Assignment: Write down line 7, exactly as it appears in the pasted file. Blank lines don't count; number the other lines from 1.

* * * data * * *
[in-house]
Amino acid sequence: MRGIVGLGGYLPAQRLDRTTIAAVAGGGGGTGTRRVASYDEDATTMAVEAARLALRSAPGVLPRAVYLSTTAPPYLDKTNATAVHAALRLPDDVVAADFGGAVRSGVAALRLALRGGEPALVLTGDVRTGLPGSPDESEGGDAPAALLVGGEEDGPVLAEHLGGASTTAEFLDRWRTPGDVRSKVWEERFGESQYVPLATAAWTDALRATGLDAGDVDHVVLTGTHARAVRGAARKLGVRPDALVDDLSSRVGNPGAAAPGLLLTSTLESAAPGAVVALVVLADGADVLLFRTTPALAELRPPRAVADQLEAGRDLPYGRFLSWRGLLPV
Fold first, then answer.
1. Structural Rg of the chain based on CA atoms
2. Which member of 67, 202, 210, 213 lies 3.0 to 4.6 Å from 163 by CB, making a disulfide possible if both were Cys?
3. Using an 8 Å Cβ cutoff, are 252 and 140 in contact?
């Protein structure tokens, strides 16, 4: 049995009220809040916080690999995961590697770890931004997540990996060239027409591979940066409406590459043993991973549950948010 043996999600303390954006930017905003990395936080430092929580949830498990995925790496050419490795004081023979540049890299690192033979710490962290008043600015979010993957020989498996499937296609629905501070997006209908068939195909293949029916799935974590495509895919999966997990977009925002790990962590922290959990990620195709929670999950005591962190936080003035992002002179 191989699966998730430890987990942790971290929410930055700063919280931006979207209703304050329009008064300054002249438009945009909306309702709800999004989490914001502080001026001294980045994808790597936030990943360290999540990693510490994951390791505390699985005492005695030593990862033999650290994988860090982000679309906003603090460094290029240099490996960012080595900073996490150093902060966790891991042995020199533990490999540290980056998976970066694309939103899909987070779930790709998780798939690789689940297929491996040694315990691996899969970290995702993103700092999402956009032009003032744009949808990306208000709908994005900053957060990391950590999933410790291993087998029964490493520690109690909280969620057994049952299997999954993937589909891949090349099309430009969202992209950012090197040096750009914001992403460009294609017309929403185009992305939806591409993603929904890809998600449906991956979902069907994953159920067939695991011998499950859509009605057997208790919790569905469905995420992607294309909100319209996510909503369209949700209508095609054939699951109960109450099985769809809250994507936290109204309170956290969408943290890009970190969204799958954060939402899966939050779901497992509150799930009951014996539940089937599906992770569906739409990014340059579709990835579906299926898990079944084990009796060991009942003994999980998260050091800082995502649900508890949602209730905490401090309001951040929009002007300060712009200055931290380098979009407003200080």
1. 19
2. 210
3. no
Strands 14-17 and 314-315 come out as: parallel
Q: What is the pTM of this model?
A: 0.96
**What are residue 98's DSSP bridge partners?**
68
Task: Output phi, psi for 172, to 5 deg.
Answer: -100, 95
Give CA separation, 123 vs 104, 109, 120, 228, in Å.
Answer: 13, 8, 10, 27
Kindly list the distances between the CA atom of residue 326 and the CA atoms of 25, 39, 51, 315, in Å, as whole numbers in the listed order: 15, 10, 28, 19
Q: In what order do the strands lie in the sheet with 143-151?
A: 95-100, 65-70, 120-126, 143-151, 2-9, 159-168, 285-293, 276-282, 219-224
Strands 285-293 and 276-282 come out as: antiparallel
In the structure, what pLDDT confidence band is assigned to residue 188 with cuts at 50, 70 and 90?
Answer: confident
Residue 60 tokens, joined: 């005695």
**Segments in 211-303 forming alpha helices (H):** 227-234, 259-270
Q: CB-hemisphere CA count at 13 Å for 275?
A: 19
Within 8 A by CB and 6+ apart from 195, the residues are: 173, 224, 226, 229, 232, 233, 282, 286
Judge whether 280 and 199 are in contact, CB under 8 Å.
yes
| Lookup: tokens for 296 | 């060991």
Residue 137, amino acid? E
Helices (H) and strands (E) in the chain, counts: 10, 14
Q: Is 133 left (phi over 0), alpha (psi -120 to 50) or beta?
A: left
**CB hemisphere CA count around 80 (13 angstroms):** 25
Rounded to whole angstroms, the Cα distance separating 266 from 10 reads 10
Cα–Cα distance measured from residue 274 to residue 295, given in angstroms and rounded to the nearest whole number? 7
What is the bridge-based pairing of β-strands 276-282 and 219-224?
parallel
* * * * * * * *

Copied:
């Protein structure tokens, strides 16, 4: 049995009220809040916080690999995961590697770890931004997540990996060239027409591979940066409406590459043993991973549950948010 043996999600303390954006930017905003990395936080430092929580949830498990995925790496050419490795004081023979540049890299690192033979710490962290008043600015979010993957020989498996499937296609629905501070997006209908068939195909293949029916799935974590495509895919999966997990977009925002790990962590922290959990990620195709929670999950005591962190936080003035992002002179 191989699966998730430890987990942790971290929410930055700063919280931006979207209703304050329009008064300054002249438009945009909306309702709800999004989490914001502080001026001294980045994808790597936030990943360290999540990693510490994951390791505390699985005492005695030593990862033999650290994988860090982000679309906003603090460094290029240099490996960012080595900073996490150093902060966790891991042995020199533990490999540290980056998976970066694309939103899909987070779930790709998780798939690789689940297929491996040694315990691996899969970290995702993103700092999402956009032009003032744009949808990306208000709908994005900053957060990391950590999933410790291993087998029964490493520690109690909280969620057994049952299997999954993937589909891949090349099309430009969202992209950012090197040096750009914001992403460009294609017309929403185009992305939806591409993603929904890809998600449906991956979902069907994953159920067939695991011998499950859509009605057997208790919790569905469905995420992607294309909100319209996510909503369209949700209508095609054939699951109960109450099985769809809250994507936290109204309170956290969408943290890009970190969204799958954060939402899966939050779901497992509150799930009951014996539940089937599906992770569906739409990014340059579709990835579906299926898990079944084990009796060991009942003994999980998260050091800082995502649900508890949602209730905490401090309001951040929009002007300060712009200055931290380098979009407003200080």